Bringing online and offline customer experiences together

It’s not surprising that Adobe Symposium had a strong focus on digital and online, but it was really interesting to hear so many references to physical experiences. One example put forward was booking a holiday. Clearly the booking process can be complicated and this is managed way more effectively online, but the end result is a physical, ‘real-life’ experience. A holiday. Eventually, customers pop out into the physical world, either to complete their purchase process or to consume a ‘product’ whether it’s a holiday, car, clothes or restaurant meal.

People are often surprised to hear that in Australia, 93.5% of retail transactions happen in-store. Meaning only 6.5% of transactions are happening online. And this is in line with global trends where 92.7% of retail transactions are in-store.  This represents a huge opportunity for retailers who implement smart ways to attract, engage and help customers. At the end of the day, this means higher sales.   And of course, I would recommend digital signage and interactive digital media such as digital concierge, product finders, catalogues, product configurators and self/ assisted ordering as important tools to support this.

During my presentation at Adobe Symposium, I outlined four key trends shaping retail.

  • Digital to physical connect
  • Personalisation
  • Visualisation
  • Analytics / AI

It’s not a competition between online and physical. Both have their place. Smart retailers are mapping the whole customer journey, from research to purchase, which will have both online and physical components. By doing customer journey mapping you can clearly identify all the points of influence and then choose the most relevant tools and channels. Some points of influence will be online and some will be physical, eg, a customer in transit, in a shopping mall, at an event or in a store.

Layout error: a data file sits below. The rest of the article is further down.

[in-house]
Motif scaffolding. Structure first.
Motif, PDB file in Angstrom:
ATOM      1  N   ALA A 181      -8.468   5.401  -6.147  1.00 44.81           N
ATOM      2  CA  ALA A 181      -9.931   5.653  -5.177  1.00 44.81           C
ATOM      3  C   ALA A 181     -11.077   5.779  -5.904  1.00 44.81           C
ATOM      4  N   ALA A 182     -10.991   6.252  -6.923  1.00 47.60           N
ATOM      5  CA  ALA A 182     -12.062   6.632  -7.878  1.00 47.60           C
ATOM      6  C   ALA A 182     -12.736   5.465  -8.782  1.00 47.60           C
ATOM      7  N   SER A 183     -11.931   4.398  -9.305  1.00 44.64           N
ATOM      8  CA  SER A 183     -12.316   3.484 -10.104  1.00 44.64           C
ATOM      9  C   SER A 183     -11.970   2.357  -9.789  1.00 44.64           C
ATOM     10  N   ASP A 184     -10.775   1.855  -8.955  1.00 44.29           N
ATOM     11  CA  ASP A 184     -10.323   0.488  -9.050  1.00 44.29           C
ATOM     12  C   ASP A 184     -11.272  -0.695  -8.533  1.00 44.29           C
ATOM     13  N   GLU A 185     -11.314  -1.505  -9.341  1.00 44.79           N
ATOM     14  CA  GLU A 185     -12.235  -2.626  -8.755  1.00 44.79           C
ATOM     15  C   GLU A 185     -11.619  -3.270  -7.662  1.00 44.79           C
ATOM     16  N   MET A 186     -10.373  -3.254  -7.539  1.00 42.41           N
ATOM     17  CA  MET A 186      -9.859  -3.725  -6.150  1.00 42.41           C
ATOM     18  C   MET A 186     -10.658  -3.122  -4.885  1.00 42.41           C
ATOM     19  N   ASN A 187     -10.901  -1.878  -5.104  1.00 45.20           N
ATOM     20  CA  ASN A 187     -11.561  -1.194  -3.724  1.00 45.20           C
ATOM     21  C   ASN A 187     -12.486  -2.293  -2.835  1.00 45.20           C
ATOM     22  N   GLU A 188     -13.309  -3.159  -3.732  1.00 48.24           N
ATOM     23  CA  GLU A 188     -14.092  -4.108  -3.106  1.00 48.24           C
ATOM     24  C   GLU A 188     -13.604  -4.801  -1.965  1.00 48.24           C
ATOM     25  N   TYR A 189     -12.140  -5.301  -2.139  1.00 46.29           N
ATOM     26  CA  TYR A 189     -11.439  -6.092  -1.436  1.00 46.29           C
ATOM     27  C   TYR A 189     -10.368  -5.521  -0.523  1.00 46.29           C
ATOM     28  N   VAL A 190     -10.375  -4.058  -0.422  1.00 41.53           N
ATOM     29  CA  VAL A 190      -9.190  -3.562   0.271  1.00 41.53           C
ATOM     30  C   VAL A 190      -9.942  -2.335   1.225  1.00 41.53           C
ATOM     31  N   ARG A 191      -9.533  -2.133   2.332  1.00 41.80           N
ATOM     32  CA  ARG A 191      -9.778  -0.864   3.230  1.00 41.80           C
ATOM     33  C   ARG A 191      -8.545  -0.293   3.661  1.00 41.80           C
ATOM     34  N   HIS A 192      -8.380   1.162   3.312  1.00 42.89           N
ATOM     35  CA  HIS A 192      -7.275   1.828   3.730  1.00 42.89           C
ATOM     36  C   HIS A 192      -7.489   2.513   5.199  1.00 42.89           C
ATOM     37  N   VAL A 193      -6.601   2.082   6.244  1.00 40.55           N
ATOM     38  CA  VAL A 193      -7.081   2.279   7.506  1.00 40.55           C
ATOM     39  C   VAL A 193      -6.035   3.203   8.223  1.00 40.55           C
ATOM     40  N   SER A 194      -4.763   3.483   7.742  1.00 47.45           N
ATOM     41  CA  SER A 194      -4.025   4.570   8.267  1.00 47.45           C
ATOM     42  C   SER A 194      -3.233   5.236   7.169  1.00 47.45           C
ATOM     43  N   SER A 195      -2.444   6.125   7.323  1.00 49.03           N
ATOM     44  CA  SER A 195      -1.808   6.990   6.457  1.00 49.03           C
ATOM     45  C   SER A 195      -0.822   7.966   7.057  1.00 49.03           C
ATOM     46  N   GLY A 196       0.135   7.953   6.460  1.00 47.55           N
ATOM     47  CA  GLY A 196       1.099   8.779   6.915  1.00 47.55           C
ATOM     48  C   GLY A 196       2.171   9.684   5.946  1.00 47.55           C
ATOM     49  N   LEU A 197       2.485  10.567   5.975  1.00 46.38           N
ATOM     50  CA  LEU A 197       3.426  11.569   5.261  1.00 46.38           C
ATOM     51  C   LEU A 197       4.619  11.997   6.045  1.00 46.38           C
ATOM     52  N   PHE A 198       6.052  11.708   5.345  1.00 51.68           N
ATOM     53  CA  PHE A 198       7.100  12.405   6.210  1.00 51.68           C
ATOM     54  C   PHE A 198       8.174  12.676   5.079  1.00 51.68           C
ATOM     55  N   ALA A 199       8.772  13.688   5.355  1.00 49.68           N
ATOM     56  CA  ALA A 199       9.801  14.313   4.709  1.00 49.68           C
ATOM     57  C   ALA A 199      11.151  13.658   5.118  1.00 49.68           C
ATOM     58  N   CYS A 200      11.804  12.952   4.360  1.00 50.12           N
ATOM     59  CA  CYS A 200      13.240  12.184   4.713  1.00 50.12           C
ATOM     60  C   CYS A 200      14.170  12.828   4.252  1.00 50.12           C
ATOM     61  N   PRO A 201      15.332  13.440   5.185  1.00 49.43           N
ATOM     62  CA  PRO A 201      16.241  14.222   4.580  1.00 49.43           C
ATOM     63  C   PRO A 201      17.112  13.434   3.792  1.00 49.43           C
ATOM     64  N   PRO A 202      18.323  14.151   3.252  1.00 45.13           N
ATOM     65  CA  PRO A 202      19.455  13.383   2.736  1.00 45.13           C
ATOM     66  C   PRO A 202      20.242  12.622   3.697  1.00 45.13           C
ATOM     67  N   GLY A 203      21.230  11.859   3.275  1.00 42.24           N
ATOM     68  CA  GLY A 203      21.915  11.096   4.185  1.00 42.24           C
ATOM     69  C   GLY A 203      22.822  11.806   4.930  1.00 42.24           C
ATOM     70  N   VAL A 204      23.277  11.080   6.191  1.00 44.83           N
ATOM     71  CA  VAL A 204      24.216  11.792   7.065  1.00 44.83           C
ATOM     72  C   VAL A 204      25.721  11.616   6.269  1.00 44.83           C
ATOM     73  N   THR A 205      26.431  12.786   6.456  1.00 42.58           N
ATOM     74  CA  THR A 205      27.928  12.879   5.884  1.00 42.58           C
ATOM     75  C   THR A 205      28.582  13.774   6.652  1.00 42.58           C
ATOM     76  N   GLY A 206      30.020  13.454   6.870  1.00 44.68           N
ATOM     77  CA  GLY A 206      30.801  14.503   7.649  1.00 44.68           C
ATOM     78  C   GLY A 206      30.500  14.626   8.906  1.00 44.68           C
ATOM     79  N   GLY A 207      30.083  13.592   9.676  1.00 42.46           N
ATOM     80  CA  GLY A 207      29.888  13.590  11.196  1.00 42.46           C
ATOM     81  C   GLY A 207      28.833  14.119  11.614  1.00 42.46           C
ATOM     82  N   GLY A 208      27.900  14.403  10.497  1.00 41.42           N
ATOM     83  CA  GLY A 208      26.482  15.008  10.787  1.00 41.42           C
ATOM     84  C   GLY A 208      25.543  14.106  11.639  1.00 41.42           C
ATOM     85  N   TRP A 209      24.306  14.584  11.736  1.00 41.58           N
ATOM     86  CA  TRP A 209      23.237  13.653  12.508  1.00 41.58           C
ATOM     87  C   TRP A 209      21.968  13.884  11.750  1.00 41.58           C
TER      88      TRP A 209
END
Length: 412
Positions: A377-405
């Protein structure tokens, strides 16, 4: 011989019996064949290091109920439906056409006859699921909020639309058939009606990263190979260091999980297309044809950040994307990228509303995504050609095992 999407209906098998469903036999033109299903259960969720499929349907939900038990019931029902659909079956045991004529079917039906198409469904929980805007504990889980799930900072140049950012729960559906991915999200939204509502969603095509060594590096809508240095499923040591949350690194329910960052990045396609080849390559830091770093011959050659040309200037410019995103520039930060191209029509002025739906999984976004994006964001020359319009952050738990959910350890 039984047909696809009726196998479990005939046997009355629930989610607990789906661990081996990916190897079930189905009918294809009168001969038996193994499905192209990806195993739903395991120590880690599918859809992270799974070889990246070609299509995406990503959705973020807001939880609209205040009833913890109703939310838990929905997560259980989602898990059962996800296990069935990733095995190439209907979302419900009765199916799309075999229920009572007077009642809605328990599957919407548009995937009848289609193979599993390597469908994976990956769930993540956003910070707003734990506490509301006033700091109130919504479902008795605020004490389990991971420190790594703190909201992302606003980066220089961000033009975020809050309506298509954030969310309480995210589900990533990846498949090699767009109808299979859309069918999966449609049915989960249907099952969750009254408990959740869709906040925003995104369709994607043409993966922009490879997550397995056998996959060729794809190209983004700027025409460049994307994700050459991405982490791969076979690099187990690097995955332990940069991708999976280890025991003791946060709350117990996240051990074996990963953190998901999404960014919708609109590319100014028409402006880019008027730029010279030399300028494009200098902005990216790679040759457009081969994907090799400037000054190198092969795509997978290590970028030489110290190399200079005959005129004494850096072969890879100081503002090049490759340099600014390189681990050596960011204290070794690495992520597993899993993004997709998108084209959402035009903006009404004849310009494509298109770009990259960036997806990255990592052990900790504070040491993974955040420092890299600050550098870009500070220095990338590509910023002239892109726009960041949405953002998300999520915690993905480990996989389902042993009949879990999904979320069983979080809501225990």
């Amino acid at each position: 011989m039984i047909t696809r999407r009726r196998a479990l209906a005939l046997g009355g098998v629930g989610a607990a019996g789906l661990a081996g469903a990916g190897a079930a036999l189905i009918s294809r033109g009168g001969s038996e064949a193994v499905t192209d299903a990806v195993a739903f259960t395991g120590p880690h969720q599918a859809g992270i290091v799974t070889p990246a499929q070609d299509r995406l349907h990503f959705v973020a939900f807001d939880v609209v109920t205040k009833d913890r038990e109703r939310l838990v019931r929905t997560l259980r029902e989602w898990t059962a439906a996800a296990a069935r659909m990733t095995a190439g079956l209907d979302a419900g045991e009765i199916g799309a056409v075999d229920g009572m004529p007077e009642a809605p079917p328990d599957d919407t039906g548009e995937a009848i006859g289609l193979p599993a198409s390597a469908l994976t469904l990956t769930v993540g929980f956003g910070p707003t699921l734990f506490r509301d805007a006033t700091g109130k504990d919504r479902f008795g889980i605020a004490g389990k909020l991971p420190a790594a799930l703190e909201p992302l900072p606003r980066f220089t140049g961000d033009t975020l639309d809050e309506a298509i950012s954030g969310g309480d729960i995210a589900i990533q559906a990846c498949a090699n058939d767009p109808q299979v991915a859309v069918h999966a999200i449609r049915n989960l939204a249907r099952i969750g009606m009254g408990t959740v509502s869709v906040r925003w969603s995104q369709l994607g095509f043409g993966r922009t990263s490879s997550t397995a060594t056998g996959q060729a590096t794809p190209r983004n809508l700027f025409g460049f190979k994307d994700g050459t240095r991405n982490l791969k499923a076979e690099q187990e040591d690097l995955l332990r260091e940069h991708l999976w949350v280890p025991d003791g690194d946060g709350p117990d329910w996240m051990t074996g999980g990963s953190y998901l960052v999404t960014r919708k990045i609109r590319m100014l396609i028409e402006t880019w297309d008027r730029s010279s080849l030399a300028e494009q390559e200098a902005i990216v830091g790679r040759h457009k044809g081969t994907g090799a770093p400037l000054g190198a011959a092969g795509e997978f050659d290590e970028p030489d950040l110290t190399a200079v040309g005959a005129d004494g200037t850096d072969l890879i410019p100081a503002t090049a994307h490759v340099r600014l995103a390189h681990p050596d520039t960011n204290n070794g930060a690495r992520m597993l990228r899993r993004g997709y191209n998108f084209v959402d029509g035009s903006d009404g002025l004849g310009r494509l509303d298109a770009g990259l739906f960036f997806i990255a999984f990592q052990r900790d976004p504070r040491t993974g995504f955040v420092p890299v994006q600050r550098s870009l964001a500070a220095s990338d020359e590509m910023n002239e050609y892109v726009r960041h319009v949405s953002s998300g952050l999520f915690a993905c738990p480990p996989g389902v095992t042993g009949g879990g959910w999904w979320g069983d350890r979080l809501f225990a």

It was really interesting listening to Coke presenting in the keynote session. They talked about their traditional marketing model, which was centred on reach and frequency. In other words, a mass marketing approach. Now they are focussing on personalisation – defining and understanding more granular segments then carefully targeting product offerings and messaging.

But delivering engaging and personalised experiences relies on using data and inferring insights.  From an Engagis perspective, we deliver tailored messaging and promotions in a physical space, showroom or retail store using a range of inputs such as gender, age, geographic location, weather, time of day, events and so on. We’ve proven that this approach increases sales.

Visual content not only creates an emotional connection with customers, it helps them make more informed decisions. For example, a car configurator lets customers design their own car, select their preferred set of accessories, see it rendered in life-like 3D, then download an instant quote. Magic mirrors can show customers how they look in a whole range of clothing options, without having to try them on. Bringing tools like this into a physical environment where they complement the role of the salesperson is very powerful. We regularly prove a digitally enabled salesperson delivers greater results.

While online is powerful for education and shortlisting alternatives, I would encourage retailers to consider the whole customer journey because an important part of the journey takes place in a physical environment – and this represents a significant opportunity for influencing and helping customers.

I like to think of the customer journey as a bridge being held up by two supports – at one end you have online and the other end you have physical.  Without both supports in place, the customer can’t complete their journey.

Watch my presentation by clicking the image below: